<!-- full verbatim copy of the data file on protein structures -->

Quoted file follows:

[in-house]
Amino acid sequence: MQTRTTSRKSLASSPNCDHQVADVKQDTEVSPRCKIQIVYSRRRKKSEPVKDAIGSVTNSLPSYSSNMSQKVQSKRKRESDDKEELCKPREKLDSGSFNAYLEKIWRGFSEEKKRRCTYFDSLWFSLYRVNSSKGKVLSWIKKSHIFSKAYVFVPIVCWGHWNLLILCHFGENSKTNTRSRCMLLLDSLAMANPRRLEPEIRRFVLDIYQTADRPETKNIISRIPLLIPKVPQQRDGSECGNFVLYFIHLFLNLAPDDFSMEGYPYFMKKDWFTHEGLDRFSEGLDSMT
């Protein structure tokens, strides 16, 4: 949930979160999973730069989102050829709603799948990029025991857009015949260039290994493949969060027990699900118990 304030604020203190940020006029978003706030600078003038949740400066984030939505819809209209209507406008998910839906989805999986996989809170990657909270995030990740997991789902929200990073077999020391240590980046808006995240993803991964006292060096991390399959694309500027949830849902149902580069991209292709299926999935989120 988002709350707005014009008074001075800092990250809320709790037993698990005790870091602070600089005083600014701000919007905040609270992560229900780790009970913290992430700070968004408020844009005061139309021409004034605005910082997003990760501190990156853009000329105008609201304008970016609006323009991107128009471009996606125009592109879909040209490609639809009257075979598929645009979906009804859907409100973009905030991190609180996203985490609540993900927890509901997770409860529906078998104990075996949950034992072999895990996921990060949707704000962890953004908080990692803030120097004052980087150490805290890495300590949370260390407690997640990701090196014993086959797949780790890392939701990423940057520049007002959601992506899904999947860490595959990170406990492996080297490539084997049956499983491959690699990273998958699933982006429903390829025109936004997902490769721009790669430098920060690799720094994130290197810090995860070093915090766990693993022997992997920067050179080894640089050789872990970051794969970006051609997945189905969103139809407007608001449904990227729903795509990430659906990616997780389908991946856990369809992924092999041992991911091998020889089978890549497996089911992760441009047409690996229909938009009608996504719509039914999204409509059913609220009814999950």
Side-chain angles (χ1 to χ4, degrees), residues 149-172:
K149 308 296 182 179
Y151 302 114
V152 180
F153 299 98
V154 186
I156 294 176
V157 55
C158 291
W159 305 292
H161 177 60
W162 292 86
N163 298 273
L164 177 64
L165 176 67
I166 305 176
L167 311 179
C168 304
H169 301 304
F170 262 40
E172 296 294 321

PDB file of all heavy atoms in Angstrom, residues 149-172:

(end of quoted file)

[in-house]
Amino acid sequence: MQTRTTSRKSLASSPNCDHQVADVKQDTEVSPRCKIQIVYSRRRKKSEPVKDAIGSVTNSLPSYSSNMSQKVQSKRKRESDDKEELCKPREKLDSGSFNAYLEKIWRGFSEEKKRRCTYFDSLWFSLYRVNSSKGKVLSWIKKSHIFSKAYVFVPIVCWGHWNLLILCHFGENSKTNTRSRCMLLLDSLAMANPRRLEPEIRRFVLDIYQTADRPETKNIISRIPLLIPKVPQQRDGSECGNFVLYFIHLFLNLAPDDFSMEGYPYFMKKDWFTHEGLDRFSEGLDSMT
């Protein structure tokens, strides 16, 4: 949930979160999973730069989102050829709603799948990029025991857009015949260039290994493949969060027990699900118990 304030604020203190940020006029978003706030600078003038949740400066984030939505819809209209209507406008998910839906989805999986996989809170990657909270995030990740997991789902929200990073077999020391240590980046808006995240993803991964006292060096991390399959694309500027949830849902149902580069991209292709299926999935989120 988002709350707005014009008074001075800092990250809320709790037993698990005790870091602070600089005083600014701000919007905040609270992560229900780790009970913290992430700070968004408020844009005061139309021409004034605005910082997003990760501190990156853009000329105008609201304008970016609006323009991107128009471009996606125009592109879909040209490609639809009257075979598929645009979906009804859907409100973009905030991190609180996203985490609540993900927890509901997770409860529906078998104990075996949950034992072999895990996921990060949707704000962890953004908080990692803030120097004052980087150490805290890495300590949370260390407690997640990701090196014993086959797949780790890392939701990423940057520049007002959601992506899904999947860490595959990170406990492996080297490539084997049956499983491959690699990273998958699933982006429903390829025109936004997902490769721009790669430098920060690799720094994130290197810090995860070093915090766990693993022997992997920067050179080894640089050789872990970051794969970006051609997945189905969103139809407007608001449904990227729903795509990430659906990616997780389908991946856990369809992924092999041992991911091998020889089978890549497996089911992760441009047409690996229909938009009608996504719509039914999204409509059913609220009814999950």
Side-chain angles (χ1 to χ4, degrees), residues 149-172:
K149 308 296 182 179
Y151 302 114
V152 180
F153 299 98
V154 186
I156 294 176
V157 55
C158 291
W159 305 292
H161 177 60
W162 292 86
N163 298 273
L164 177 64
L165 176 67
I166 305 176
L167 311 179
C168 304
H169 301 304
F170 262 40
E172 296 294 321

PDB file of all heavy atoms in Angstrom, residues 149-172: